U.S. Supreme Court Holds That Prohibiting Government Aid to Private, Religious Schools Runs Afoul of the Constitution
Recently, the U.S. Supreme Court issued its decision in Espinoza v. Montana Department of Revenue, which held that a State’s decision to bar aid to religious schools violates the Free Exercise Clause of the U.S. Constitution. As background, in 2015, the Montana state legislature created a scholarship program for students attending private schools. Although the State did not directly fund the program, it offered up to $150 in tax credits to taxpayers who donated to a participating student scholarship organization. The student scholarship organization used the donations to fund scholarships for students. Students awarded scholarships under the program could use the funds toward their education at a “qualified education provider” – private schools that met certain accreditation, testing, and safety requirements.
Montana’s Department of Revenue issued a rule that excluded from the definition of a qualified education provider any school “owned or controlled in whole or in part by any church, religious sect, or denomination.” The purpose of the rule was to comply with a provision in Montana’s Constitution that prohibits aid to sectarian schools. In effect, the rule prevented religious schools from receiving the scholarship funds and prevented families from using scholarship funds toward an education at a religious school.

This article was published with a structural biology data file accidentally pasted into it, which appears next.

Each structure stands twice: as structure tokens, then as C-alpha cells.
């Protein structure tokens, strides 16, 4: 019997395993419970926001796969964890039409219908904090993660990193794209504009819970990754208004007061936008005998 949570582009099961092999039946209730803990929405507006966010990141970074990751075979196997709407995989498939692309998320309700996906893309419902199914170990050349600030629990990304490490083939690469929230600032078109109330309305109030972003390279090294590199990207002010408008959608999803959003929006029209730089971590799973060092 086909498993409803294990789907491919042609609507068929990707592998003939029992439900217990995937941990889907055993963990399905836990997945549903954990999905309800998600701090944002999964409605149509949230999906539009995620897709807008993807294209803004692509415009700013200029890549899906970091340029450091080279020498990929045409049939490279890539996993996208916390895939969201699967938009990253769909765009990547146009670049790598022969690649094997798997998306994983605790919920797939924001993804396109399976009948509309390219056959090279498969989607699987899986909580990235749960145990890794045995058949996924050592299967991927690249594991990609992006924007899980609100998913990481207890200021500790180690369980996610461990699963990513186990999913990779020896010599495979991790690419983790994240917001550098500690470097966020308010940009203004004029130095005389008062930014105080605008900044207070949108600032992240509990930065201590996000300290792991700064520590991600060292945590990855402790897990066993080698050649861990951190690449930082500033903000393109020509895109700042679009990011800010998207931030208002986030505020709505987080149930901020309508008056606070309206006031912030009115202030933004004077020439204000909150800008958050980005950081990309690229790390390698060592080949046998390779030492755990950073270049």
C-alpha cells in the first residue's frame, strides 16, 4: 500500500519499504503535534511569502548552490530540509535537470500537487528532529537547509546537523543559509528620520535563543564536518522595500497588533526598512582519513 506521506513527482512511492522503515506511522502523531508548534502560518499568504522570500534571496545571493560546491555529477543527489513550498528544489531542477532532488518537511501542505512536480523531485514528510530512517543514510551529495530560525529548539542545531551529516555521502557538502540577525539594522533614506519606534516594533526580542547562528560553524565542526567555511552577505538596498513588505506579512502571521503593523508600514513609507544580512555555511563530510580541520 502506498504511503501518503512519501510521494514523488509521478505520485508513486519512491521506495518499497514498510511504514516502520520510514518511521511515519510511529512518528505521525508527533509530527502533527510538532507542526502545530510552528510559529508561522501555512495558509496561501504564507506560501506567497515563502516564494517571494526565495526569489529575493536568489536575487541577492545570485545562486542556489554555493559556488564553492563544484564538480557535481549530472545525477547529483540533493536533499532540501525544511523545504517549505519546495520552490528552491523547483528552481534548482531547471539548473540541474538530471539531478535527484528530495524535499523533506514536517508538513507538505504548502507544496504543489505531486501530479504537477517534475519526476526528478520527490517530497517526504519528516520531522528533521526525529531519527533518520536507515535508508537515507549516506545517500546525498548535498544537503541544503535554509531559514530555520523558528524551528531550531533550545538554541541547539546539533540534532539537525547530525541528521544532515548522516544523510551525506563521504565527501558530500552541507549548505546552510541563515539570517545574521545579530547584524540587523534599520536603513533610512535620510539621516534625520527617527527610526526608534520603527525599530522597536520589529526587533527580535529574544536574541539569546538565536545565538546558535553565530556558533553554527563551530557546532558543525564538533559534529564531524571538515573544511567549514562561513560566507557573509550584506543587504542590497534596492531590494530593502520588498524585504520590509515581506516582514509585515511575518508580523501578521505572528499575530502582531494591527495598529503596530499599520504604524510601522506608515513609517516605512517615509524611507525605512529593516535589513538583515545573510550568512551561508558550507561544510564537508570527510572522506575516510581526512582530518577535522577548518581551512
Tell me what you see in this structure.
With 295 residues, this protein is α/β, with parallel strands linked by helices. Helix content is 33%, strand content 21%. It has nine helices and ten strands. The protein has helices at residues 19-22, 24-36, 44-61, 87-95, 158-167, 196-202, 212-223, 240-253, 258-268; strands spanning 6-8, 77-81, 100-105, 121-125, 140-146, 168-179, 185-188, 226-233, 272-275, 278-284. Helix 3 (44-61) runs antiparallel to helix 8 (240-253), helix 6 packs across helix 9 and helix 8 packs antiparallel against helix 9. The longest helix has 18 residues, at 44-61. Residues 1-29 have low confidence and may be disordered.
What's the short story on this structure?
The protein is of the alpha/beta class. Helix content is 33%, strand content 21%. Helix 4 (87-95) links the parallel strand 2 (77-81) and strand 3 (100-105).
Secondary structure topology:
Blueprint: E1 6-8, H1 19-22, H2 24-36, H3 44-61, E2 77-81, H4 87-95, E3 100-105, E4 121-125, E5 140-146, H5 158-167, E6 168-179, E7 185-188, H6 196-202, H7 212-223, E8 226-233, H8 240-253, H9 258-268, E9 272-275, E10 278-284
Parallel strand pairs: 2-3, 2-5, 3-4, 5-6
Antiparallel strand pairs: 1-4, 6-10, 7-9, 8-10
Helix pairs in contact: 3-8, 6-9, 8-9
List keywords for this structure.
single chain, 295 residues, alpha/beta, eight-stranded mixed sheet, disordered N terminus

Three families sued the Department asserting that barring scholarship funds from being used at religious schools violated their right to free exercise of religion. The U.S. Supreme Court agreed, stating the “provision singles out schools based on their religious character” and, therefore, violates the Free Exercise Clause because “it discriminate[s] on the basis of religious status.”
The Department argued that its exclusion of religious schools from the scholarship program both advanced religious liberty and advanced the State’s interests in public education. The Court rejected these arguments. The Court noted “[a]n infringement of First Amendment rights . . . cannot be justified by a State’s alternative view that the infringement advances religious liberty.” The Court also observed that the State’s interest in public education was not advanced by the rule because the State was still aiding non-religious private schools.
Ultimately, the Court held: “A State need not subsidize private education. But once a State decides to do so, it cannot disqualify some private schools solely because they are religious.”